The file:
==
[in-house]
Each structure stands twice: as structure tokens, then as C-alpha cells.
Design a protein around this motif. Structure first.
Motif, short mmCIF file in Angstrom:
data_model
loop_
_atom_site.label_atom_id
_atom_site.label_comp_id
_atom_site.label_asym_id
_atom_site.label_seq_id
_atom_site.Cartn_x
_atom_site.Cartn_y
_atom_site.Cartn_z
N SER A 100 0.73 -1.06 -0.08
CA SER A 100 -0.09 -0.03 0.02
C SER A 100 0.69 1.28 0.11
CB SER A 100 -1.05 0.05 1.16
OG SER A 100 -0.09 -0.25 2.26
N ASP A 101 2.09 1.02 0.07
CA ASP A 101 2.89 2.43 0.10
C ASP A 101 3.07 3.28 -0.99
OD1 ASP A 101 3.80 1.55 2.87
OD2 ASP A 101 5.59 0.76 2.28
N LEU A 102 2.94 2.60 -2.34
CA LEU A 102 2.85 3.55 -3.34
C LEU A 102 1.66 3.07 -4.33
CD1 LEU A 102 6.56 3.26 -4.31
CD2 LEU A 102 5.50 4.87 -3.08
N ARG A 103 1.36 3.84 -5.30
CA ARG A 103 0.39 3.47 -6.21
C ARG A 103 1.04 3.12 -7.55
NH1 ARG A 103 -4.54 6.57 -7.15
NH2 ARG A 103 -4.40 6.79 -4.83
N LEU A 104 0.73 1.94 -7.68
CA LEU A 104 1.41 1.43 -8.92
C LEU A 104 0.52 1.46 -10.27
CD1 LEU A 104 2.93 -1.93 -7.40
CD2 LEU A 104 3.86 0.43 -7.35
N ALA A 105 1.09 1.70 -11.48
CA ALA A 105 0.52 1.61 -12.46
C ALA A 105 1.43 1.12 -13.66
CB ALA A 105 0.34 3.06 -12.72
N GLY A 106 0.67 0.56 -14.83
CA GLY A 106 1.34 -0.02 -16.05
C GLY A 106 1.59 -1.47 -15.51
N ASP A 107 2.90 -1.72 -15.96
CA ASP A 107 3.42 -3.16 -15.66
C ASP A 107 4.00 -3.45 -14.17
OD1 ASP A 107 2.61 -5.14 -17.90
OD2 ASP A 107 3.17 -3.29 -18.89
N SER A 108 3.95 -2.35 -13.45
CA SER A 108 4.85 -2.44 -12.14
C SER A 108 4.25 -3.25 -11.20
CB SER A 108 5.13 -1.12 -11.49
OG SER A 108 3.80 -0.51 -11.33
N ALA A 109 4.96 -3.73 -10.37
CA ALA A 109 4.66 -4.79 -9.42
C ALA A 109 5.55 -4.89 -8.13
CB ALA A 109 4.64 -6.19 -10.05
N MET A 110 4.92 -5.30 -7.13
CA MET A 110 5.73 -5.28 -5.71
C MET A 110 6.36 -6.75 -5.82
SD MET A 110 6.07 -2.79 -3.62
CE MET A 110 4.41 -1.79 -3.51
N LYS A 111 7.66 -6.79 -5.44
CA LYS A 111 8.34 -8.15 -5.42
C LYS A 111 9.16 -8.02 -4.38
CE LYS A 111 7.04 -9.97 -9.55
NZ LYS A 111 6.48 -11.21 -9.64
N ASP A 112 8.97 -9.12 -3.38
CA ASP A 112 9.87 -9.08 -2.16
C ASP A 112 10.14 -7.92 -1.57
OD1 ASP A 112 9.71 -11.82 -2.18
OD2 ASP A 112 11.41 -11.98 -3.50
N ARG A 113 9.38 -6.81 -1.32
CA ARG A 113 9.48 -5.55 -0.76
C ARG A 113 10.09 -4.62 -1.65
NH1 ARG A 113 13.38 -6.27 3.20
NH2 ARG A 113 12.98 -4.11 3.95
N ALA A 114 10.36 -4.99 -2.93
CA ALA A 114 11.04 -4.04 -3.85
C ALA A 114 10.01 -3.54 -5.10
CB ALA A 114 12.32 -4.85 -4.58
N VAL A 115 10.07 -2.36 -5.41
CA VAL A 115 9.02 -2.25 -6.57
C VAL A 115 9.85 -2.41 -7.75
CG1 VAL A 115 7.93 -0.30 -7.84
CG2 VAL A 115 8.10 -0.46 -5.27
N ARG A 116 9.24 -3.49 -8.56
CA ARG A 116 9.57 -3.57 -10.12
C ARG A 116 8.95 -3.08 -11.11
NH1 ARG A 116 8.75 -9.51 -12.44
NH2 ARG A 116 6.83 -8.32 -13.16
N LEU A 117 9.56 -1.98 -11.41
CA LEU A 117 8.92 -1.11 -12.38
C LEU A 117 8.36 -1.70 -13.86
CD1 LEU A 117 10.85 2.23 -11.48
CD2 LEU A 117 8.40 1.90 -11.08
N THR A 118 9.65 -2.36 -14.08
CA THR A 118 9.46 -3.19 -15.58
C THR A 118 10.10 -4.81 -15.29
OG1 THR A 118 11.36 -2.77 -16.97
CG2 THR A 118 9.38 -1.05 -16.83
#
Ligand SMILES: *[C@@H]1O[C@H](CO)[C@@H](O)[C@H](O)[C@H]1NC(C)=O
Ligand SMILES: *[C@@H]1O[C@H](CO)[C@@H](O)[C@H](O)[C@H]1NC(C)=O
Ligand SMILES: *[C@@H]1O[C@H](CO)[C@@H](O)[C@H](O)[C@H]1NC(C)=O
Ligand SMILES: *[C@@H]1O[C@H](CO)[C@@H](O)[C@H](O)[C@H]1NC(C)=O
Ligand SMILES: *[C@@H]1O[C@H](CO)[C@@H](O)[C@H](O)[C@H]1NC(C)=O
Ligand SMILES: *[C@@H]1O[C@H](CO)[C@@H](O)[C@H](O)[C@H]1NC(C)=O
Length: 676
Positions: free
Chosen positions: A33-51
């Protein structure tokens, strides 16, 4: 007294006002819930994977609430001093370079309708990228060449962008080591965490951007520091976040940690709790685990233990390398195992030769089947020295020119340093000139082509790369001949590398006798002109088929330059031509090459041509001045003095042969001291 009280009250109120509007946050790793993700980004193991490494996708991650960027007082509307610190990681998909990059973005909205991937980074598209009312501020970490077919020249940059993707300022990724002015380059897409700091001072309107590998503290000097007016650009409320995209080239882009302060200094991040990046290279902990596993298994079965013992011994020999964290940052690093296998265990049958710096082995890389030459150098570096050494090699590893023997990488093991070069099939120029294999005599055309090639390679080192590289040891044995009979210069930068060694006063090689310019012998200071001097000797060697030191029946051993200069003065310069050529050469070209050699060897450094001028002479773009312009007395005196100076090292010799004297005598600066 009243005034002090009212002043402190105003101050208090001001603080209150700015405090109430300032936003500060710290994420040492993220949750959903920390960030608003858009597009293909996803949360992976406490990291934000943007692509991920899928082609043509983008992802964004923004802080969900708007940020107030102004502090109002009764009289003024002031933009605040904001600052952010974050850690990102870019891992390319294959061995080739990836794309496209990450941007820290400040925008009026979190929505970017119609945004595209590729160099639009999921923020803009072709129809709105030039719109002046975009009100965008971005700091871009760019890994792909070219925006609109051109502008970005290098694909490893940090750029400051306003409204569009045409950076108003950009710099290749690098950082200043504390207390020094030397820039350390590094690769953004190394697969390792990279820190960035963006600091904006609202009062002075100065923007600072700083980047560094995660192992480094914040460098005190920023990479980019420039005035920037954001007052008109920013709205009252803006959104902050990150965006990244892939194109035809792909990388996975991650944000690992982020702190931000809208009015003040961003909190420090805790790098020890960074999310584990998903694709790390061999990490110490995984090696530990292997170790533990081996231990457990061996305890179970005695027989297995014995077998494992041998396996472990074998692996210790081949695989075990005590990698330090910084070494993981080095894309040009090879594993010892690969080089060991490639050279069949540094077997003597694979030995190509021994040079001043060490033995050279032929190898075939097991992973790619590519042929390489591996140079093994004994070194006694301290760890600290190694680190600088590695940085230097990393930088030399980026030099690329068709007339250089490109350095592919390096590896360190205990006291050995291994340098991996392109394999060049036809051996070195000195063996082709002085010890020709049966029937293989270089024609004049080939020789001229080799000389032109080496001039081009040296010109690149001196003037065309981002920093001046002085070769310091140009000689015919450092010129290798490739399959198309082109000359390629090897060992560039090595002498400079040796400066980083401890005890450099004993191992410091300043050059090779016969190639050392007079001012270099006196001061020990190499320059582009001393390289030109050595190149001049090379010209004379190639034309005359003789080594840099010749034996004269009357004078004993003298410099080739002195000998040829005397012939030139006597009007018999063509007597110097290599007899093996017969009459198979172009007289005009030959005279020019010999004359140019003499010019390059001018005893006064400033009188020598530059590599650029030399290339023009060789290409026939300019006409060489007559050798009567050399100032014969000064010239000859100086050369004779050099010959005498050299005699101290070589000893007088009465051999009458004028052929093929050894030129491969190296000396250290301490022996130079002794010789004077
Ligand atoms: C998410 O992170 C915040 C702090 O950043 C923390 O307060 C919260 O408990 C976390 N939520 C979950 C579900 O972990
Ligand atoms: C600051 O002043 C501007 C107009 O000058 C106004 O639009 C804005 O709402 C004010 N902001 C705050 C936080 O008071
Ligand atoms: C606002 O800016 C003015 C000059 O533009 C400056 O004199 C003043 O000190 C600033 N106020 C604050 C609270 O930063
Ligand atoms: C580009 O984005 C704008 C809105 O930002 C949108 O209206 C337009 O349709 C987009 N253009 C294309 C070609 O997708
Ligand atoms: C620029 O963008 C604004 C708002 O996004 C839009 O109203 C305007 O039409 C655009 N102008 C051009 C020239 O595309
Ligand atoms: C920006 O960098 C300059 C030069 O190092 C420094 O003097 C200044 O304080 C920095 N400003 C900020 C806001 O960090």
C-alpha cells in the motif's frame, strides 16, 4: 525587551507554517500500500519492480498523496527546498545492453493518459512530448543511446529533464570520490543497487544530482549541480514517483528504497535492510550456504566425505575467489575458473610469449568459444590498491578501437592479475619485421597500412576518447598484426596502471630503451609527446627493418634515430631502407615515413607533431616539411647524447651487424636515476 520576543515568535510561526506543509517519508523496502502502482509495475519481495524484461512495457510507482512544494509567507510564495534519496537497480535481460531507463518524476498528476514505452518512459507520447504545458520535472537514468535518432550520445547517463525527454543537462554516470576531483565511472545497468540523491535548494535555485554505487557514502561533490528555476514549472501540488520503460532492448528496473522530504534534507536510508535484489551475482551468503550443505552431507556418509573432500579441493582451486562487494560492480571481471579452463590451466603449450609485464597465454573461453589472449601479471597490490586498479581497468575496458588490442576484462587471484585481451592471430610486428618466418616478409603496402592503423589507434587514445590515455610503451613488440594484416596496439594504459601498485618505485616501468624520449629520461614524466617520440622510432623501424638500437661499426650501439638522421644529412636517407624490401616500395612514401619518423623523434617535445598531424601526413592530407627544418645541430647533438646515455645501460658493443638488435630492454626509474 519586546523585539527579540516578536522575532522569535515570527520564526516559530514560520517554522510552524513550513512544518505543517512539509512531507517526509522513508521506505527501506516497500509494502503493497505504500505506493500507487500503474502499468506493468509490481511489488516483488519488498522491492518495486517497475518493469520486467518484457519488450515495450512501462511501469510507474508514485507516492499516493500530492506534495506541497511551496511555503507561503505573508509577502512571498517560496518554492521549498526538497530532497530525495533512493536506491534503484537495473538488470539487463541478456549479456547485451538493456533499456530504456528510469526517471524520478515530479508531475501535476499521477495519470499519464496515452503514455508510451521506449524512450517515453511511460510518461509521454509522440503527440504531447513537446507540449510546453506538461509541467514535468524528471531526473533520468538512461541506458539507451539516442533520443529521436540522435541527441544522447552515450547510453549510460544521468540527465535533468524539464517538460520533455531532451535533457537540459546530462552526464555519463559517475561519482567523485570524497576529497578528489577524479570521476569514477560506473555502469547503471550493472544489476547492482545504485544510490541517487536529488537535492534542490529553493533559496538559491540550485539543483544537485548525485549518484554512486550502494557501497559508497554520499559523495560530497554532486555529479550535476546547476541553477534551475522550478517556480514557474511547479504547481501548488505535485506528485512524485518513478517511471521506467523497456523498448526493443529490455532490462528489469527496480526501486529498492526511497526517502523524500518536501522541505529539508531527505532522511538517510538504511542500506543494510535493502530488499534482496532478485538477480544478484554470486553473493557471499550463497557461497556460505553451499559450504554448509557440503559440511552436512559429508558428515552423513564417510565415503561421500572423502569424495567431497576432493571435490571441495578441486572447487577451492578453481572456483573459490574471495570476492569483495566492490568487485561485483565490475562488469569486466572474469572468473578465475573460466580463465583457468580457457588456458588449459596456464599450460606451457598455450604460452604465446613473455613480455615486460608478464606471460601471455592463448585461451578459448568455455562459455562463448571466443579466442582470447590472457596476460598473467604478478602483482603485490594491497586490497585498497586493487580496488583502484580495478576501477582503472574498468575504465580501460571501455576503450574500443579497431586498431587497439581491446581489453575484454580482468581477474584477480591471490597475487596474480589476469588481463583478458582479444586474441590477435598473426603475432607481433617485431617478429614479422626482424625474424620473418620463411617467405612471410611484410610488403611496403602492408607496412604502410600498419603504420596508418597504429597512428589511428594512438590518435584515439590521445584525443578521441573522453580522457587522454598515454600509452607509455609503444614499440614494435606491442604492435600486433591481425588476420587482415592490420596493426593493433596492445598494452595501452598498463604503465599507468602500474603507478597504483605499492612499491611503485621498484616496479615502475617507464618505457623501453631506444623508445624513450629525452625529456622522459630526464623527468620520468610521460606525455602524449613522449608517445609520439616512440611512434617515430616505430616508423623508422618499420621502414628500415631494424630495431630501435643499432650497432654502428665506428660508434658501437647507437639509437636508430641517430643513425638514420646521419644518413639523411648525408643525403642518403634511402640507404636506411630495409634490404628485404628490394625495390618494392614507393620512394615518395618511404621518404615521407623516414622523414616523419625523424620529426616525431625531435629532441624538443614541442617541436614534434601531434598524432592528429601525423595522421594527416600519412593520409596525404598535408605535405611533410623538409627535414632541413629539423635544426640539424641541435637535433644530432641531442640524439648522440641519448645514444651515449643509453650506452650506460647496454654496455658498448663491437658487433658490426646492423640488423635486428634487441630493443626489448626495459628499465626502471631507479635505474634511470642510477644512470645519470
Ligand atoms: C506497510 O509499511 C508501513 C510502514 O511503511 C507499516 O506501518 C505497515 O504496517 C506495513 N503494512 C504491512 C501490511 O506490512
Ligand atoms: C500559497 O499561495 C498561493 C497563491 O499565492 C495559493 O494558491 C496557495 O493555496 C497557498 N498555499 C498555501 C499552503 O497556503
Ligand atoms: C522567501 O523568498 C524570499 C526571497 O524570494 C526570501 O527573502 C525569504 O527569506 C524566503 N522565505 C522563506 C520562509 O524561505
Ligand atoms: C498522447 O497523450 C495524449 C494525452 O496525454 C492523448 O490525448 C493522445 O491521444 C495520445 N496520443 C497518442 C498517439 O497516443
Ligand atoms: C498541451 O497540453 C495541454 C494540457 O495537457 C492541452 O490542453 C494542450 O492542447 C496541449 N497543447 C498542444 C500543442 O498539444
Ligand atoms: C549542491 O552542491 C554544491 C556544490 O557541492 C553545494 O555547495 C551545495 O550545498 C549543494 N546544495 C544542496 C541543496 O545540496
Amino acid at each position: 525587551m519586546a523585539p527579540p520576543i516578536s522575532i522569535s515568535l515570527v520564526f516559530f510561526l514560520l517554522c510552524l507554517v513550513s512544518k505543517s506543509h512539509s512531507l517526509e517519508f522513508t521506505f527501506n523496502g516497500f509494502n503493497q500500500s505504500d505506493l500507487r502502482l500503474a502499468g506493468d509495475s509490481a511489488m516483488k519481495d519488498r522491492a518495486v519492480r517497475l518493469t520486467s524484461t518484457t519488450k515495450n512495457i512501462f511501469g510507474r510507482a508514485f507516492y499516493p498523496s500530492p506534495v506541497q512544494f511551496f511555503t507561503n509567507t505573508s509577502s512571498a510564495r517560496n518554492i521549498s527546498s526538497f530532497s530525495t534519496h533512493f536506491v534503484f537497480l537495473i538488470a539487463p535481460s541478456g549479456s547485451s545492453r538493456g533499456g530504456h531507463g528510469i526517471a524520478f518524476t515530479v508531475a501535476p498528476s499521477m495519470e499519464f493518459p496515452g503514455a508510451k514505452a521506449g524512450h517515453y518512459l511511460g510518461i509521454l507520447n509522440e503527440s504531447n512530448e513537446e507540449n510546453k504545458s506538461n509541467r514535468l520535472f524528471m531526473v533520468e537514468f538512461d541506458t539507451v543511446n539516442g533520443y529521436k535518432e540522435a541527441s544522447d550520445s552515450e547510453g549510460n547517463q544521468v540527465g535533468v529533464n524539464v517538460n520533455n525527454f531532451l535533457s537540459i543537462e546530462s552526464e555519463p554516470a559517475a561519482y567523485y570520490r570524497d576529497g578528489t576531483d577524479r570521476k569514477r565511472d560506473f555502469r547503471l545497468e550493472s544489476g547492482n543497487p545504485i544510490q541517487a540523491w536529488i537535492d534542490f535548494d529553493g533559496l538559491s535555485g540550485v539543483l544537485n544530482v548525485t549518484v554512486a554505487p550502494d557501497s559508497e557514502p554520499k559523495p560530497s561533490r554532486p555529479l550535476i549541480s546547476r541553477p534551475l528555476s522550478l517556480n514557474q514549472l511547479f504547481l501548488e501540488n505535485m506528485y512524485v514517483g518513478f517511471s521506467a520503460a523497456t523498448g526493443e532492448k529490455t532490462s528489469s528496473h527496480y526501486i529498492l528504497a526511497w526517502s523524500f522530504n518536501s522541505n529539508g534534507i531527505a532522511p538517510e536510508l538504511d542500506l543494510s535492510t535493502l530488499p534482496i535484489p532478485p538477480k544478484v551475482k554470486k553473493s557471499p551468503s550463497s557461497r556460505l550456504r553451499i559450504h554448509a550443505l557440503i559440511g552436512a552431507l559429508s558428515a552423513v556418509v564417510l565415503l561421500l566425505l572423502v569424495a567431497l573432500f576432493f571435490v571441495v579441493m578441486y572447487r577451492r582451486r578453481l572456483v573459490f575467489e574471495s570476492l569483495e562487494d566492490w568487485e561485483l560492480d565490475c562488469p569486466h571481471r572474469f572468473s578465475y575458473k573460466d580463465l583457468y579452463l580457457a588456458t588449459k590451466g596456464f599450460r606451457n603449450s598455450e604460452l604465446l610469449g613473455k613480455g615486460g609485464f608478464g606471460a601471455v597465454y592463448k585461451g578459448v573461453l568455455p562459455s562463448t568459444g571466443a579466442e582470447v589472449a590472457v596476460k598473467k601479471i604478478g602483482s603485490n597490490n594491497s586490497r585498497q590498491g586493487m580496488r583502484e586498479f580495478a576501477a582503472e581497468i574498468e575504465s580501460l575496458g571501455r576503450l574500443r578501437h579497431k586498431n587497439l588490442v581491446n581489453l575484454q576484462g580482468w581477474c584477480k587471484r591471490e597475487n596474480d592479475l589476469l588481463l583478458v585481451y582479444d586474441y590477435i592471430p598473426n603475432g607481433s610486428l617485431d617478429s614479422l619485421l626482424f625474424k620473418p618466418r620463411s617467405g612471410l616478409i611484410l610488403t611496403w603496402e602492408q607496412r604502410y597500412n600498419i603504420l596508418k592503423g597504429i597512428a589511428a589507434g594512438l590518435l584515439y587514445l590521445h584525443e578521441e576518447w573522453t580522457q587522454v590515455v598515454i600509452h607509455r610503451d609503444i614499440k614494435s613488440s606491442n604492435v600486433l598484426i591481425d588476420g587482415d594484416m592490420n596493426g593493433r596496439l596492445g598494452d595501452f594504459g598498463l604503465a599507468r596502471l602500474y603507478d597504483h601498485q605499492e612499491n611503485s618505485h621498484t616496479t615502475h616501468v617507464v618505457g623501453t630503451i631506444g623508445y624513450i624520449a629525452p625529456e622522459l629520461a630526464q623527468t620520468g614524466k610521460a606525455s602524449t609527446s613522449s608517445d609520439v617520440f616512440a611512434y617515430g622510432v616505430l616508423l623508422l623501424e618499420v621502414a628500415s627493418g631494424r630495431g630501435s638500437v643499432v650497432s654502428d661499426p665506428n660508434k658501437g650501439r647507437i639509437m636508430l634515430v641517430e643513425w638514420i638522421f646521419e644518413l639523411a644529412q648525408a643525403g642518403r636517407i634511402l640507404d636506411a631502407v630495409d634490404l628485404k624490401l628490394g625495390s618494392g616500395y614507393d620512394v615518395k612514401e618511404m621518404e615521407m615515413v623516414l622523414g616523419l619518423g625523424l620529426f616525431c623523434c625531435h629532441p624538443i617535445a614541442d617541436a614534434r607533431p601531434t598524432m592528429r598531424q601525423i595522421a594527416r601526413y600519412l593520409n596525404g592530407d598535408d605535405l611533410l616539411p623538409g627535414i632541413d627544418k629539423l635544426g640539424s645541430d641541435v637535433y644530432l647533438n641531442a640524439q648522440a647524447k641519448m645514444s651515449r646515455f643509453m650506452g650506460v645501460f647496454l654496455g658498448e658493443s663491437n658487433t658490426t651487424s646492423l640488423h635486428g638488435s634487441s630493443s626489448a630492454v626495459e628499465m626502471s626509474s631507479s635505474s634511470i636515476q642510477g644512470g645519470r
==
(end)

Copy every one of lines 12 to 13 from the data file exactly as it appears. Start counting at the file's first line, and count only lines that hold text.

_atom_site.Cartn_y
_atom_site.Cartn_z